Kamala Harris camply goes where Mike Pence could never – snapping a ‘halleloo’ fan with Drag Race legend Shangela

Reiss Smith
·4-min read

Kamala Harris, America’s new vice-president elect, has won the only endorsement that really matters: that of Drag Race legend Shangela.

“Halleloo for Harris,” Shangela wrote on Instagram Sunday (November 8), hours after Harris was elected America’s first female, Black and Indian-American vice president.

“VP elect Kamala Harris is such an icon and I feel so honoured to have her about to join Joe Biden to lead this country to a brighter day,” Shangela wrote. “And she pops the halleloo fan like a PRO!”

To prove her point, Shangela shared a video taken last October, when Harris – then running for the Democratic presidential nomination – made a surprise visit to a West Hollywood gay bar

Outside the Abbey, Harris paused to take a selfie with the Drag Race legend, who was out of drag at the time.

After fumbling with Shangela’s “halleloo” fan, the California senator picked it up and executed a perfect “thorp” to the delight of the gathered crowd.

Shangela wrote at the time: “I can tell you that [Harris] has been and will continue to be a fierce ally for our community.

“I don’t agree with every decision she’s ever made but I can tell you my hope is that as she pushes forward she grows even more in tune with the needs of every member of the LGBTQIA+ family.”

Harris visited the Abbey ahead of an LGBT-focused Equality Town Hall in Los Angeles, during which she vowed to end the epidemic of violence against trans people.

“There has to be serious consequence and accountability when it [the murder of trans people] happens which means there needs to be a safe place for the members of our transgender community to go when they have been exposed to that kind of harm and we know there’s not always a safe place,” she said.

It followed a similar event a month earlier, during which Harris was put on the spot over a brief she sent while serving as California’s attorney general, which sought to deny two trans inmates gender-affirming surgery.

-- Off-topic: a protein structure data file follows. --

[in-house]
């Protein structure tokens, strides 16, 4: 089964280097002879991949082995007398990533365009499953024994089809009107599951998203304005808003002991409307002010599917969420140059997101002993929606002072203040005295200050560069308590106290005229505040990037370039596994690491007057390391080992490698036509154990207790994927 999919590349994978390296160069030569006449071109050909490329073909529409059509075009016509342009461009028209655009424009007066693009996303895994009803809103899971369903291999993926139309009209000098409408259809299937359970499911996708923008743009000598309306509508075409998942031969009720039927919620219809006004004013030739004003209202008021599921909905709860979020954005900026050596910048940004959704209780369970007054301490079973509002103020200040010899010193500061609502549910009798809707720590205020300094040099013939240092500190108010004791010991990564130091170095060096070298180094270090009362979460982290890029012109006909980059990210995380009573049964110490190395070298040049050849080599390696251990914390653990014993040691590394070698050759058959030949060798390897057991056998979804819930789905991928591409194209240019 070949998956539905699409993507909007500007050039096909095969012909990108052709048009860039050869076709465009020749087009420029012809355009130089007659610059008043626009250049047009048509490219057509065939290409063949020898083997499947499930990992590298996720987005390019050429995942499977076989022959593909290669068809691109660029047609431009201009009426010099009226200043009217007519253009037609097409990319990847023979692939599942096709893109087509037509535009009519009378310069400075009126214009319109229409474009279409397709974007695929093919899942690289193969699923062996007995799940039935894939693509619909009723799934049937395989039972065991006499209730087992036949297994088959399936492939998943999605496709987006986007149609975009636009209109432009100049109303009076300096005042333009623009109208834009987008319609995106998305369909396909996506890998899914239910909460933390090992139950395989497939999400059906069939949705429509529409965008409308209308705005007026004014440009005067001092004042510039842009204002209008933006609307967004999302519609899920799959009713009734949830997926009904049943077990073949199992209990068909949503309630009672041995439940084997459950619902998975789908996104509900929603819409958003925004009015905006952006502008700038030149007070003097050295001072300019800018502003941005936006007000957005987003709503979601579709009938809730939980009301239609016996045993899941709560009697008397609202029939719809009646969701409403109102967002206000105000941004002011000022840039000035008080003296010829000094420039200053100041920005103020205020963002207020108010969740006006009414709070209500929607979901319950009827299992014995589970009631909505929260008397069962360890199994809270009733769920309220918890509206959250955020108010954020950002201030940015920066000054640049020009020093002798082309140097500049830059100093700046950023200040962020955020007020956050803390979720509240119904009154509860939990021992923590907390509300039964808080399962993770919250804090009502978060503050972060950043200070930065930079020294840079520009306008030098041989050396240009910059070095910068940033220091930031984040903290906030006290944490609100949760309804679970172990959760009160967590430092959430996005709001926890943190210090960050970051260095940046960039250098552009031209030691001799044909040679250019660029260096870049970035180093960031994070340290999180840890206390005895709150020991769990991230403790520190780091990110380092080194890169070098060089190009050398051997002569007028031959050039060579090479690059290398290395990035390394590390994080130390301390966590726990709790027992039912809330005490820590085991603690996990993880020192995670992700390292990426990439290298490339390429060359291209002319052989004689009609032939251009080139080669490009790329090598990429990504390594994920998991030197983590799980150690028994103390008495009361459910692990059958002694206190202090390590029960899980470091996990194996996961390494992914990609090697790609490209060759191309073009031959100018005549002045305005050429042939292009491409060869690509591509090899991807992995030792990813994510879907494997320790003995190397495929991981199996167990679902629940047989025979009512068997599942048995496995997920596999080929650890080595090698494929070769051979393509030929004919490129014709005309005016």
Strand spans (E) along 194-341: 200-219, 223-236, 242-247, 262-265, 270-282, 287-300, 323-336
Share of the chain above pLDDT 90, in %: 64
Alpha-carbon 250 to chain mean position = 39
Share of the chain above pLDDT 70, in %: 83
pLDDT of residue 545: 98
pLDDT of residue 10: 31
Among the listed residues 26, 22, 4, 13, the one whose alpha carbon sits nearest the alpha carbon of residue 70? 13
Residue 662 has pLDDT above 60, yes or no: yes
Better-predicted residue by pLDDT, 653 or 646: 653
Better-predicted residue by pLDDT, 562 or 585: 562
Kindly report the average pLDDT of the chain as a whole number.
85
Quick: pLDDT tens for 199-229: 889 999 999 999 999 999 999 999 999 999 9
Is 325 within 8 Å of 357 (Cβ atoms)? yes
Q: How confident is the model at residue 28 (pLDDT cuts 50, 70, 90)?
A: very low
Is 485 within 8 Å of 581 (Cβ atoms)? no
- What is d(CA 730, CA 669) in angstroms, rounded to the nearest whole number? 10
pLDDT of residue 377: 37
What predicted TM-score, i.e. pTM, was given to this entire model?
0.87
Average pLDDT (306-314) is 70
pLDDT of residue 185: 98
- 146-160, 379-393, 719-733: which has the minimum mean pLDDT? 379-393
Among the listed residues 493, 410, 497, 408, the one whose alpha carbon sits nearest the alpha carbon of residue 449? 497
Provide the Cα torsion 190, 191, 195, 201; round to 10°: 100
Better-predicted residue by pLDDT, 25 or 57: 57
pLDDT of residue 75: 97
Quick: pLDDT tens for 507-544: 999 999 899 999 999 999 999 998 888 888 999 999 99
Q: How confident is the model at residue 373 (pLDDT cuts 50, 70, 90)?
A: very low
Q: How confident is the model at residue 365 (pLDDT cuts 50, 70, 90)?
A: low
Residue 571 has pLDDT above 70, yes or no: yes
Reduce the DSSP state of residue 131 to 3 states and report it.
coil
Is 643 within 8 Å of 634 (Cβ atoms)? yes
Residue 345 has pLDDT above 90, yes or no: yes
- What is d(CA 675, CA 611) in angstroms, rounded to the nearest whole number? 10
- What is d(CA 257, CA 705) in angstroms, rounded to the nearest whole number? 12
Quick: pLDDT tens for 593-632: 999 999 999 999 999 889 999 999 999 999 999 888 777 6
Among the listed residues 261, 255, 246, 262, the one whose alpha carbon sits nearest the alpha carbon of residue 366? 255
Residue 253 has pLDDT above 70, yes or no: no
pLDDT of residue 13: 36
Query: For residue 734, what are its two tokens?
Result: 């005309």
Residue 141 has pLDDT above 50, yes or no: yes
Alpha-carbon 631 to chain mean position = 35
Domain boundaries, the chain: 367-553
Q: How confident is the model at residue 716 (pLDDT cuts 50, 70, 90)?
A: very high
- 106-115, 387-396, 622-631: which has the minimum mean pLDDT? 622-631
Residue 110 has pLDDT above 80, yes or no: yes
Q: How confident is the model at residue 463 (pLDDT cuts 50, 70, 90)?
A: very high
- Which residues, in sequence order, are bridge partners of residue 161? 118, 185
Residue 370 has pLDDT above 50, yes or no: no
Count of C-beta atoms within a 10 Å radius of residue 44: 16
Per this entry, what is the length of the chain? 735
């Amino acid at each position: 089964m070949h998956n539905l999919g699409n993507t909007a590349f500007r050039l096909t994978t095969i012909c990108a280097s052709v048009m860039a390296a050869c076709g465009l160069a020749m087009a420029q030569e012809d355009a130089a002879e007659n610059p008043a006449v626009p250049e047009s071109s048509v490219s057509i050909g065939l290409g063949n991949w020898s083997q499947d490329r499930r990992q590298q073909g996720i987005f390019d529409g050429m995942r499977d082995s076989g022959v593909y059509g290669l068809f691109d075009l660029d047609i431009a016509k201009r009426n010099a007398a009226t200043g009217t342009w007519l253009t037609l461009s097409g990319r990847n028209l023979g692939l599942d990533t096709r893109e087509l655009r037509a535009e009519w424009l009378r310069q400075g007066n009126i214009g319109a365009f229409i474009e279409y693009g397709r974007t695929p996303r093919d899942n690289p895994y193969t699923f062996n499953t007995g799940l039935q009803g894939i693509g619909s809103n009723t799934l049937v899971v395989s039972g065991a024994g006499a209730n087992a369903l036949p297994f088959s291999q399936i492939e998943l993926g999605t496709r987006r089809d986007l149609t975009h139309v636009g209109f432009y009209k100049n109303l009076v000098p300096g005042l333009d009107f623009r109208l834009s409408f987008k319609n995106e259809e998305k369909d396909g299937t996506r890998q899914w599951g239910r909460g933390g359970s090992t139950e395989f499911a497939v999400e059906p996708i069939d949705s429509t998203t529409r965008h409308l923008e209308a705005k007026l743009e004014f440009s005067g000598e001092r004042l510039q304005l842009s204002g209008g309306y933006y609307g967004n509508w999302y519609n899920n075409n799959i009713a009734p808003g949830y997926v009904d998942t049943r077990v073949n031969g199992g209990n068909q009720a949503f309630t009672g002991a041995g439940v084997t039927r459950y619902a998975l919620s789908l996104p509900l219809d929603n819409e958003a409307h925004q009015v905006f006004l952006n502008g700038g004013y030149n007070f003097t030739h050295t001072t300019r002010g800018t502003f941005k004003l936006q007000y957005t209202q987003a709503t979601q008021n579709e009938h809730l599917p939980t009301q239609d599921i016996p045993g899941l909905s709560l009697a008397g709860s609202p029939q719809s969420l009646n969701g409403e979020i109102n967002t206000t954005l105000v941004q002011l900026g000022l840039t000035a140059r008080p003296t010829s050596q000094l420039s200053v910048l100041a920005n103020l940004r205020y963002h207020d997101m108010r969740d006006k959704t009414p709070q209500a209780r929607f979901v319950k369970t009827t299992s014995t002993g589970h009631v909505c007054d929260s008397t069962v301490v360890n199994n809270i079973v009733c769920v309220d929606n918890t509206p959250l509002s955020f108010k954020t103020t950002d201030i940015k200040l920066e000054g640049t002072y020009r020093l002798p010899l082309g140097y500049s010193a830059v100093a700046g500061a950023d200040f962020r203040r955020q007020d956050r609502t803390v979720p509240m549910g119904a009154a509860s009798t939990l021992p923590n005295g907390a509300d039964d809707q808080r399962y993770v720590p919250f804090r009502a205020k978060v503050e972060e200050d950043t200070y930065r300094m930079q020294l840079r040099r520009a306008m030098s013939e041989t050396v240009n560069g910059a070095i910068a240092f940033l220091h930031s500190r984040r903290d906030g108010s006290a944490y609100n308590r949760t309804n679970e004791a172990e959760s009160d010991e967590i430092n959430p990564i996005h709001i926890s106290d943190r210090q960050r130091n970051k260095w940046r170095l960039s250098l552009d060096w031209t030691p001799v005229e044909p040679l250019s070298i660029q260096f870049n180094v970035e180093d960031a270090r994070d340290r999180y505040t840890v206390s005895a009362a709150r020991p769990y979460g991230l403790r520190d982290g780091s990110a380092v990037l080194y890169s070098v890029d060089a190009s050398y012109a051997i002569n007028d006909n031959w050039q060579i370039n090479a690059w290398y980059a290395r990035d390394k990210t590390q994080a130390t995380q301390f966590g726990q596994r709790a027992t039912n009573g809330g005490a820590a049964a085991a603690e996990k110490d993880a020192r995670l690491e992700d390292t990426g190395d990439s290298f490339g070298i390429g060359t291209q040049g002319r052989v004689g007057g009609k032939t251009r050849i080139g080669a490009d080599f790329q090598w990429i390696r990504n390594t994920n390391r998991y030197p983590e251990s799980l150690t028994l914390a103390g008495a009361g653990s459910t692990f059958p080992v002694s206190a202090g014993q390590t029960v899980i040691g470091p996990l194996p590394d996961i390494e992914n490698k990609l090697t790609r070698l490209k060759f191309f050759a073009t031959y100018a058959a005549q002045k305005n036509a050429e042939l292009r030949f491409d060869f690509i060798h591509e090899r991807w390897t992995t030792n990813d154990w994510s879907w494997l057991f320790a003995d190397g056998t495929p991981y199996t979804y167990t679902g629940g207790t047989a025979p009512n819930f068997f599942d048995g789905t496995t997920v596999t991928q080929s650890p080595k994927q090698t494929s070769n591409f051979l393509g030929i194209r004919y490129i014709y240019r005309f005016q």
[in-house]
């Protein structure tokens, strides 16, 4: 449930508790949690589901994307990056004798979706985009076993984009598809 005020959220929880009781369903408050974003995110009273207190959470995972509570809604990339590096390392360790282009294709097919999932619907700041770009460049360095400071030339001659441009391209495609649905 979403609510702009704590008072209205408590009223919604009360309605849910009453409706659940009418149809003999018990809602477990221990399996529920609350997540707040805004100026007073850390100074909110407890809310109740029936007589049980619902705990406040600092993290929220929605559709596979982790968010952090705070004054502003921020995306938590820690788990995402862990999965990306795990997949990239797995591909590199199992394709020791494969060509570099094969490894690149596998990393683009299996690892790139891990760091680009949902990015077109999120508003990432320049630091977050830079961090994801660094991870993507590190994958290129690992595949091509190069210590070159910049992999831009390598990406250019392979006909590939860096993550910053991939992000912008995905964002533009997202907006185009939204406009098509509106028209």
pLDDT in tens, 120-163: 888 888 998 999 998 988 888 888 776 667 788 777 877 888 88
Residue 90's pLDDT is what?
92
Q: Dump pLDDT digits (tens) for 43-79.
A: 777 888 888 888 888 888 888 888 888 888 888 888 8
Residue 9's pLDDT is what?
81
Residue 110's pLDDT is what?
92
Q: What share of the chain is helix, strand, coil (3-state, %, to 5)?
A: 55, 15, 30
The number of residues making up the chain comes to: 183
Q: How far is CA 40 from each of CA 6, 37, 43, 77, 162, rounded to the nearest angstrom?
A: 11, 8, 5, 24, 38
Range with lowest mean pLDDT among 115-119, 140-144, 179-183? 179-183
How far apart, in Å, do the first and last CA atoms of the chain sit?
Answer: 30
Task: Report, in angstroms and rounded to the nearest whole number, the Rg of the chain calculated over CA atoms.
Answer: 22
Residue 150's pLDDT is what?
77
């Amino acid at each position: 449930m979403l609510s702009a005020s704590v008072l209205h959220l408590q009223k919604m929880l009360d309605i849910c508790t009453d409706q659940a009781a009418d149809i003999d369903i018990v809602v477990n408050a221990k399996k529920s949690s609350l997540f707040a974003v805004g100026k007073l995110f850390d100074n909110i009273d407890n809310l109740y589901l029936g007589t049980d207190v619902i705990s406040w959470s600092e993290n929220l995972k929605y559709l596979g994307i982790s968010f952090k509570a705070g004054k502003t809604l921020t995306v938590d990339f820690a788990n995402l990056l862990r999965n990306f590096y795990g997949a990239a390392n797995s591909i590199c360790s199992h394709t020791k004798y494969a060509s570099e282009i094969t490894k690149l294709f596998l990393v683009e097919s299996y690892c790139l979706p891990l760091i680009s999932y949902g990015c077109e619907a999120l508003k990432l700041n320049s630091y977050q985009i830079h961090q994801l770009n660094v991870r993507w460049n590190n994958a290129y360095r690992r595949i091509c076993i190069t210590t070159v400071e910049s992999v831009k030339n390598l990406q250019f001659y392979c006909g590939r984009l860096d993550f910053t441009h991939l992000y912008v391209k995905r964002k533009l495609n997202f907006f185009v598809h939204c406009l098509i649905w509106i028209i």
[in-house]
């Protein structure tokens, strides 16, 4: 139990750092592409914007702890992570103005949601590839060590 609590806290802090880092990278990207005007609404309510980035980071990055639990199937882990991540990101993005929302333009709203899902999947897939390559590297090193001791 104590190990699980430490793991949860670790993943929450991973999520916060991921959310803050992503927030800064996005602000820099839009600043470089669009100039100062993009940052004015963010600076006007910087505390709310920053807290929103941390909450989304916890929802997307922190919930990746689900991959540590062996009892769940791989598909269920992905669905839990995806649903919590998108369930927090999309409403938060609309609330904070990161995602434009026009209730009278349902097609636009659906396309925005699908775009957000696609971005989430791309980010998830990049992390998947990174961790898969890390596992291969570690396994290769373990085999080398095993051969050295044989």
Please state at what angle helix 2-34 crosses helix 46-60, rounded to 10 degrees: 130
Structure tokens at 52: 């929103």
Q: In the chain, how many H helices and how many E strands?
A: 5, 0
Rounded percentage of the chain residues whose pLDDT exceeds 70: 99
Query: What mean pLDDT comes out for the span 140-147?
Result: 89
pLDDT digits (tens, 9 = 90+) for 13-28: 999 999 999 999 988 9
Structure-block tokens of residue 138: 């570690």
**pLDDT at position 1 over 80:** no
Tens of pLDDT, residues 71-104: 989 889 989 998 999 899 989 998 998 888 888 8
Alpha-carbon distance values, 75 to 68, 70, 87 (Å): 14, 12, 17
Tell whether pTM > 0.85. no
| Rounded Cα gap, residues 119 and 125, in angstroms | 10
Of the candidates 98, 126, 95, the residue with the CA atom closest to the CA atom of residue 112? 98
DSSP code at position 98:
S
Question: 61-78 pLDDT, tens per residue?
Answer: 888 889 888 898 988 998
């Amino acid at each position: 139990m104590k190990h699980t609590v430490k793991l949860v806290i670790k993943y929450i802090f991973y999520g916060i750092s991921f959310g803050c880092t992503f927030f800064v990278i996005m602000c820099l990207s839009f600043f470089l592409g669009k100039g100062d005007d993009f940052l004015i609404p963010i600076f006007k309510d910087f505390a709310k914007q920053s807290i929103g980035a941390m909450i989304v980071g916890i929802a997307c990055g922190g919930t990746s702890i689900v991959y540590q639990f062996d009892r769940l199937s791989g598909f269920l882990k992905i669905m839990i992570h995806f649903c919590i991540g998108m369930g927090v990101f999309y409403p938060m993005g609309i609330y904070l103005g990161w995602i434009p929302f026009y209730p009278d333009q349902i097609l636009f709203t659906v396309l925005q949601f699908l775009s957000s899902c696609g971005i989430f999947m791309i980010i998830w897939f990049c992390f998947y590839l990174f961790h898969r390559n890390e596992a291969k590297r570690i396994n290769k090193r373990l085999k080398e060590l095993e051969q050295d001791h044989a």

She explained of her actions: “When that case came up, I had clients, and one of them was the California Department of Corrections. It was their policy. When I learned about what they were doing, behind the scenes, I got them to change the policy.”

She added: “I commit to you that always in these systems there are going to be these things that these agencies do. And I will commit myself, as I always have, to dealing with it.”

She was latter commended by trans activist and Pose star Angelica Ross (who hosted the September event) for holding herself accountable.

Kamala Harris’ LGBT+ rights record.

Kamala Harris has been widely hailed an LGBT+ ally. As attorney general in California, she fought against the state’s ban on same-sex marriage, blocked a “kill the gays” initiative that called for the legal execution of queer people and helped eliminate the gay/trans panic defence.

Her commitment to the queer community is in stark relief to the actions of current vice president and proud homophobe, Mike Pence, however her record is not without its blemishes.

As well as the concerns raised around Harris’ record on trans rights, some have also questioned her history regarding sex work and policing.

As attorney general Harris fought to close down a platform many sex workers used to vet potential clients. She was later one of many Democrats in the Senate to support SESTA/FOSTA, a pair of anti-sex-trafficking bills which sex workers have widely criticised, arguing that they prevent them from being able to do their work safely and independently.

Today, however, Harris supports decriminalisation of sex work. She says that her previous stance (she once called decriminalisation “completely ridiculous”) was a result of her wanting to criminalise pimps and clients, an explanation which has not assuaged everybody’s concerns.

On policing, Harris used to proudly refer to herself as a “top cop”, a label which now haunts her. She has been accused of standing by as Black people were murdered by police, rejecting pleas to intervene and investigate police shootings, refusing to reform parole programs and enforcing laws which sent a disproportionate number of Black people to prison.

Her position appears to have evolved in recent years however, and in June she spoke about “reimagining how we do public safety in America”. She also drafted the George Floyd Justice in Policing Act with Cory Booker, which seeks to combat racial bias in policing as well as police misconduct and the use of excessive force.

Despite these marks on her record, Harris’ ascension to the second-highest office in the US has been welcomed gladly by LGBT+ and other human rights groups.

Equality California executive director Rick Chavez Zbur said: “From the battle for marriage equality to the struggle for safety and justice for our transgender friends and family, Kamala Harris has always been on the front lines of our movement, standing shoulder to shoulder with the LGBTQ+ community. Tonight, we couldn’t be happier to help her shatter so many glass ceilings that have at times before felt unbreakable.”